Developing ActivABLES for community-dwelling stroke survivors using the Medical Research Council framework for complex interventions.
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AuthorsOlafsdottir, Steinunn A
Arnadottir, Solveig Asa
Hafsteinsdottir, Thora B
MetadataShow full item record
CitationOlafsdottir SA, Jonsdottir H, Magnusson C, et al. Developing ActivABLES for community-dwelling stroke survivors using the Medical Research Council framework for complex interventions. BMC Health Serv Res. 2020;20(1):463. Published 2020 May 25. doi:10.1186/s12913-020-05198-2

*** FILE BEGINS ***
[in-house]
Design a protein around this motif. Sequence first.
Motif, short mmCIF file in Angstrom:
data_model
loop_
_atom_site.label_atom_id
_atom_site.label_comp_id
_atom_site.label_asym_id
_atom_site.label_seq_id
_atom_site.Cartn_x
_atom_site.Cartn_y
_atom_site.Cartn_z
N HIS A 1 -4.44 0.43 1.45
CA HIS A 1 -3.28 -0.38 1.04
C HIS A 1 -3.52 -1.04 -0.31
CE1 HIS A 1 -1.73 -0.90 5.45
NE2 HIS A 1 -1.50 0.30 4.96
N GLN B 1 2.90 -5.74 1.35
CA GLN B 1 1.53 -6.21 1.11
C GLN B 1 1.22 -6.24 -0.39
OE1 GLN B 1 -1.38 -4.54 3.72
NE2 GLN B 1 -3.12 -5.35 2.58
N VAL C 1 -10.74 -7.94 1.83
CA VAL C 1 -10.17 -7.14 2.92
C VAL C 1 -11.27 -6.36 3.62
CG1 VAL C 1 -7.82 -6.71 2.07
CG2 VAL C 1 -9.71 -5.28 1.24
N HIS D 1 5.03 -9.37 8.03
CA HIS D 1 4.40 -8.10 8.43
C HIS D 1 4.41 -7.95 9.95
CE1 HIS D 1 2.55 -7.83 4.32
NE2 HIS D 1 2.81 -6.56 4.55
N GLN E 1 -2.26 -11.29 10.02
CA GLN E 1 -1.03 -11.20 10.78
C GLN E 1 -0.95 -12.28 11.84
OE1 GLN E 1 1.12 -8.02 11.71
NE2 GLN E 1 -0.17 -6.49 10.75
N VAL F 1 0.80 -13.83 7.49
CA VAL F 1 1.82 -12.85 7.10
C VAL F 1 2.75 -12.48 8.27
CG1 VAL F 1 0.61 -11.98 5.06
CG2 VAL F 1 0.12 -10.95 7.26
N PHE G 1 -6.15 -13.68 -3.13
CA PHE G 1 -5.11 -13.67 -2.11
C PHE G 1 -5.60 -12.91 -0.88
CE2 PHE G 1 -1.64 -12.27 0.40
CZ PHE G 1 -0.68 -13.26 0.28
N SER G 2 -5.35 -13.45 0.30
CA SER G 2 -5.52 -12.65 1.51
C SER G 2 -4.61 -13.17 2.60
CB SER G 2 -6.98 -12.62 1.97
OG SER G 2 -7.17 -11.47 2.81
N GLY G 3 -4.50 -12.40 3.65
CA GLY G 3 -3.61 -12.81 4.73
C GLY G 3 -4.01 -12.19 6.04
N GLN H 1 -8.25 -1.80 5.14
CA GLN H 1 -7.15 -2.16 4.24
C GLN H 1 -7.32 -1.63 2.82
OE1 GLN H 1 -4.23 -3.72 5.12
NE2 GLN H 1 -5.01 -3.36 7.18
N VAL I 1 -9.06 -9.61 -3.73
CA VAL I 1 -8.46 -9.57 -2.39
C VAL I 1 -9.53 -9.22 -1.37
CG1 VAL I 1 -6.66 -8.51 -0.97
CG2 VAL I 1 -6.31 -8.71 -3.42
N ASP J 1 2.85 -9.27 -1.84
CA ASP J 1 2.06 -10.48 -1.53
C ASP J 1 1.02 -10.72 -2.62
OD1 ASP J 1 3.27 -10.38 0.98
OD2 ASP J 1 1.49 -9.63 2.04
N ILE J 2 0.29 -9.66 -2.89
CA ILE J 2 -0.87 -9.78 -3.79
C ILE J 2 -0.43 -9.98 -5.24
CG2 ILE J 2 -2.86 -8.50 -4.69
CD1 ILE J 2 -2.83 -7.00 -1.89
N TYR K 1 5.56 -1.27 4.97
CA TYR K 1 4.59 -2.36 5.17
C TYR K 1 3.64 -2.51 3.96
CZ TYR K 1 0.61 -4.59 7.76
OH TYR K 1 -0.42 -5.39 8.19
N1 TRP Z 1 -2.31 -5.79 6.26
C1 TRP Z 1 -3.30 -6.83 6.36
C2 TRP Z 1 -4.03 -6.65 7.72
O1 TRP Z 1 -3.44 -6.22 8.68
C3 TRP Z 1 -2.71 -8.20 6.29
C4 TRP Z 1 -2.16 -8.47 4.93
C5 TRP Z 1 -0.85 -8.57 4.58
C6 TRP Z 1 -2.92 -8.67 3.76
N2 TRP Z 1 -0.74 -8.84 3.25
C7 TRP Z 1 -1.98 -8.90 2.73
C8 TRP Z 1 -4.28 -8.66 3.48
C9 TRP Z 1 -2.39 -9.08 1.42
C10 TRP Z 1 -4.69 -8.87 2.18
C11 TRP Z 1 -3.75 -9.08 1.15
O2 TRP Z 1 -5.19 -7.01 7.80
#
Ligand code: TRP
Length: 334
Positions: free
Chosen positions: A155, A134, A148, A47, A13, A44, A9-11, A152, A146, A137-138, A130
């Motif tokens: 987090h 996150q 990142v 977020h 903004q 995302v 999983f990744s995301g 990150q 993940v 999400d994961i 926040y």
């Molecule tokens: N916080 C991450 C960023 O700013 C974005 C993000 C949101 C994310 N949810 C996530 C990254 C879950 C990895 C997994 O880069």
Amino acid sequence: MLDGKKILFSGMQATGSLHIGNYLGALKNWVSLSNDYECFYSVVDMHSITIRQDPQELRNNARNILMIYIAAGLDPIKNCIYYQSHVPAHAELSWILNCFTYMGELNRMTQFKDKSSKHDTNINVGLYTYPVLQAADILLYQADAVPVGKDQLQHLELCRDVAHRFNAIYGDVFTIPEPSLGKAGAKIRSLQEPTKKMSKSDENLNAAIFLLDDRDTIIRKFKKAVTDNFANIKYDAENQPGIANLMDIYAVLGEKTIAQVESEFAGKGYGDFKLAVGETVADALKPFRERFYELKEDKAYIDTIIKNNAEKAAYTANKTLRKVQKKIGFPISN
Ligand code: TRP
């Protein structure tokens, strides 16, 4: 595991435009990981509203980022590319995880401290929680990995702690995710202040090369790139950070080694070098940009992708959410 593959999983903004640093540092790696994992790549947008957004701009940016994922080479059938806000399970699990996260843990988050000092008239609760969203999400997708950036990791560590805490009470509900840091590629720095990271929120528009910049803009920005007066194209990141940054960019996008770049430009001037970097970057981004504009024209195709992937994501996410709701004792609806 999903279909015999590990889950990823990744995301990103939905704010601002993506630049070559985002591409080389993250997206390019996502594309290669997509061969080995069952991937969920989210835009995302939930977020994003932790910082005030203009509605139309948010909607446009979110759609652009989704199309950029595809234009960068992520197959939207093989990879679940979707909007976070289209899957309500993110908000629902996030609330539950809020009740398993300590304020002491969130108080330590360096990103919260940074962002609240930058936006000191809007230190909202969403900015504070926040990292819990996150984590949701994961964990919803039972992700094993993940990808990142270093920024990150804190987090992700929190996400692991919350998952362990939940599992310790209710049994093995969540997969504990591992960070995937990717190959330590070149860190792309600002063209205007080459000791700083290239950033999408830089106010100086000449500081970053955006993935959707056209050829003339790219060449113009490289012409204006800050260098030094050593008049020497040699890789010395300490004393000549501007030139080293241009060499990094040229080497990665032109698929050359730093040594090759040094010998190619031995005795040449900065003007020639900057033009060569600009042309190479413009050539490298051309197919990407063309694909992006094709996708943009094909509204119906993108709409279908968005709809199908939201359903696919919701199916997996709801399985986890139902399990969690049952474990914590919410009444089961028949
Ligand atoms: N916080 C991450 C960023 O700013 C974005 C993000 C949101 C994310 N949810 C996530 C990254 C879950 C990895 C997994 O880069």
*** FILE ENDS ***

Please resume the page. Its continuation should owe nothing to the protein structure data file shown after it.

AbstractBackground: Novel technical solutions are called for to promote home-based exercise among community-dwelling stroke survivors supported by their caregivers. Lack of resources and knowledge about how to accomplish it, has been demonstrated. The objective of this study is to describe in detail the development of ActivABLES, a technical intervention to promote home-based exercise and physical activity engagement of community-dwelling stroke survivors with support from their caregivers. Methods: The technical development process of ActivABLES was guided by the Medical Research Council (MRC) framework for development and evaluation of complex interventions as well as by principles of human-centred design and co-design. The main steps included: (1) Synthesis of evidence supporting the inclusion of balance exercises, mobility and walking exercises and exercises for the upper arm; (2) Implementation of initial user studies with qualitative data collection from individual interviews with stroke survivors, and focus group interviews with caregivers and health professionals; (3) Preliminary testing of eight prototypes with seven stroke survivors and their caregivers. Results: After the preliminary testing of eight prototypes, four prototypes were not further developed whereas four prototypes were modified further. In addition, two new prototypes were developed, leaving six prototypes for further modification: 1) ActivFOAM for balance exercises, 2) WalkingSTARR to facilitate walking, 3) ActivBALL for hand exercises, 4) ActivSTICKS for upper arm exercises, and 5) ActivLAMP and 6) ActivTREE which both give visual feedback on progress of daily exercise and physical activities. ActivFOAM, ActivBALL and ActivSTICKS are all connected to a tablet where exercise instructions are given. All the exercise prototypes can be connected to ActivLAMP and ActivTREE to give feedback on how much exercise the user has done. Settings can be individualised and recommended daily time and/or repetition can easily be changed as the user progresses to higher activity levels. Conclusions: The development process of ActivABLES was guided by the principles of human-centred design, with iterative testing of future users, and by the MRC framework of complex intervention, with a repeated process of development and testing. This process resulted in six prototypes which are available for feasibility testing among a small group of community-dwelling stroke survivors. Keywords: Home-based exercise; Stroke survivors; Technical intervention.
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